On the same day that Republican presidential candidate Donald Trump encouraged Russia to hack into Hillary Clinton’s emails, a group of Russian military intelligence officers began launching cyberattacks aimed at computer severs used in her personal office, based on an indictment filed by the Department of Justice.
The timing, which was first made apparent through a series of criminal charges disclosed Friday against 12 Russian nationals, reveals the complex and apparently reactionary nature of the now infamous foreign hacking operation.
“Russia, if you’re listening, I hope you’re able to find the 30,000 emails that are missing,” Trump said at a press conference on July 27, 2016. “I think you will probably be rewarded mightily by our press.”
The indictment does not answer the question of whether the Russians were reacting to Trump’s speech. But there is some cursory evidence that they were listening.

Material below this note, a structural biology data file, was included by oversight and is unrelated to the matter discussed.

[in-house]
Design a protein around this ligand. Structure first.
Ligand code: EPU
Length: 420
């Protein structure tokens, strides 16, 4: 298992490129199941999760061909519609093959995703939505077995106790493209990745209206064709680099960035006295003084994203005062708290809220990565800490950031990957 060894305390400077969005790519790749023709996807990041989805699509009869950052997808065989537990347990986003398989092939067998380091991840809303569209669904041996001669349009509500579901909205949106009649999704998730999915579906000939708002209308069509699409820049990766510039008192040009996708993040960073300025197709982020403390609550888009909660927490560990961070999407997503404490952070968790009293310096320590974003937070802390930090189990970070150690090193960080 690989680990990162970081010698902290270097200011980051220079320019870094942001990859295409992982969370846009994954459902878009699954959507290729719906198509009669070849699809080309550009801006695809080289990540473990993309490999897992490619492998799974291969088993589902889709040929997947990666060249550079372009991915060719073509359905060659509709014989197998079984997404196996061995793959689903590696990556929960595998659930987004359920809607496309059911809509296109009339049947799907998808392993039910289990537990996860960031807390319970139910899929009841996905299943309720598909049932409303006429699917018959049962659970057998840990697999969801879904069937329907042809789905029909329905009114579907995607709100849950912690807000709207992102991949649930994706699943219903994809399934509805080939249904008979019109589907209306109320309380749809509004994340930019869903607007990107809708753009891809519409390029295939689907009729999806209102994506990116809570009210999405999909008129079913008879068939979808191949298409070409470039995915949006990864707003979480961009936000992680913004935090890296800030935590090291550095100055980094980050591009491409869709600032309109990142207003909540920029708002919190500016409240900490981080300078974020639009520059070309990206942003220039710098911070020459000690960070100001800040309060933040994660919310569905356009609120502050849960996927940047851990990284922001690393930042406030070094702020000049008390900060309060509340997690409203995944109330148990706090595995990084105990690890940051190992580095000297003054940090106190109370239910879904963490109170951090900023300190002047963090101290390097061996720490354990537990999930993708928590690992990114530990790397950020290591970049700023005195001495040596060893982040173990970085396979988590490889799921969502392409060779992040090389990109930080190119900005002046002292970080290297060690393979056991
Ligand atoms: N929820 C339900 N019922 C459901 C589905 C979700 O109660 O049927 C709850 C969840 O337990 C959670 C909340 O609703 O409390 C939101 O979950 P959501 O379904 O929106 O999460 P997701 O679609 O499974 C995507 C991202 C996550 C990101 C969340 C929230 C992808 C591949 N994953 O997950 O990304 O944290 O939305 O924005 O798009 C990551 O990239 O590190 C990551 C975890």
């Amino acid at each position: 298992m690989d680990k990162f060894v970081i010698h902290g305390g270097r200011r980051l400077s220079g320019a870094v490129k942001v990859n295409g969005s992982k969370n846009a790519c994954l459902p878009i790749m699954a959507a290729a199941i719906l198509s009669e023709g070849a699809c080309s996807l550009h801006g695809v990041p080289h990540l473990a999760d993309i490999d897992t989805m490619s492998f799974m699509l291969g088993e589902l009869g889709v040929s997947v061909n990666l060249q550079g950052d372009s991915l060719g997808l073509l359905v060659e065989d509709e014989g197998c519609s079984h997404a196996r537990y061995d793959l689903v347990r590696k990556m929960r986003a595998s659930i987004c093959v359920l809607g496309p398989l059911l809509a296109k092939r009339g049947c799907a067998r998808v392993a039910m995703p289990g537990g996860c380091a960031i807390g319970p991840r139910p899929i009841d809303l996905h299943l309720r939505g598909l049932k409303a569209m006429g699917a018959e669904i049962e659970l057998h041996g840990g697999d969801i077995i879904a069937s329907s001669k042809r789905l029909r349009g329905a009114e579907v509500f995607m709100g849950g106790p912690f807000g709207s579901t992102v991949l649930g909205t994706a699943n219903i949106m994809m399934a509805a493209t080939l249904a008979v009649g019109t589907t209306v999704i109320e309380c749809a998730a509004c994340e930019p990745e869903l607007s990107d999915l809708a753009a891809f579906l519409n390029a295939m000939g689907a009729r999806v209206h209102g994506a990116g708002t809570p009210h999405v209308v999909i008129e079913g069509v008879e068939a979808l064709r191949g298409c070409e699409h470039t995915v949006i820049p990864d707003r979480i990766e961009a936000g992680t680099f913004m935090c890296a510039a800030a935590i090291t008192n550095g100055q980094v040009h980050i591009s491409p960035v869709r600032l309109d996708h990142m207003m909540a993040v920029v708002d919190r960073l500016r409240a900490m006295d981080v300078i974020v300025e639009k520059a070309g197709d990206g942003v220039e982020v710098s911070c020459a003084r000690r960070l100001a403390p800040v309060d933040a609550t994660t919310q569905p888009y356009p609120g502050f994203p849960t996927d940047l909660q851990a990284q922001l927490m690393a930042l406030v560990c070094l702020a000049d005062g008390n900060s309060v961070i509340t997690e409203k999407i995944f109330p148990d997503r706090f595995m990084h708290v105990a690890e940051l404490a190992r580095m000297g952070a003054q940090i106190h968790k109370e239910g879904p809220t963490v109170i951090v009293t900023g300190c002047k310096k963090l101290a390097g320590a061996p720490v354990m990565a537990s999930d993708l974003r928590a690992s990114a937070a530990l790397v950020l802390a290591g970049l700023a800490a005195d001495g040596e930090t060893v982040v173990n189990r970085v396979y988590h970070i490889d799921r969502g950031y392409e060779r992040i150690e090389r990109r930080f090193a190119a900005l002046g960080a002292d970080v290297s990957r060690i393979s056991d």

“On or about July 27, 2016, the conspirators attempted after-hours to spearphish for the first time email accounts at a domain hosted by a third-party provider and used by Clinton’s personal office,” the indictment reads.
Later that day the same Russian intel officers named in the indictment also began targeting 76 different Clinton campaign email accounts with phishing emails.
Trump made the statement calling on Russian hackers to act at about 10:30 a.m. on July 27, which would be 5:30 p.m. Moscow time. The use of the phrase “after-hours” in the indictment — related to when the hackers first began sending their malicious emails — hints at the activity occurring after the typical 9 a.m. to 6 p.m. Russian workday.
Deputy attorney general Rod Rosenstein, who is overseeing the investigation by special counsel Robert Mueller, told reporters that the indictment did not suggest that any U.S. citizen had knowingly been in contact with Russian officials.
The revelation comes just three days before Trump is expected to meet for diplomatic talks with Russian President Vladimir Putin.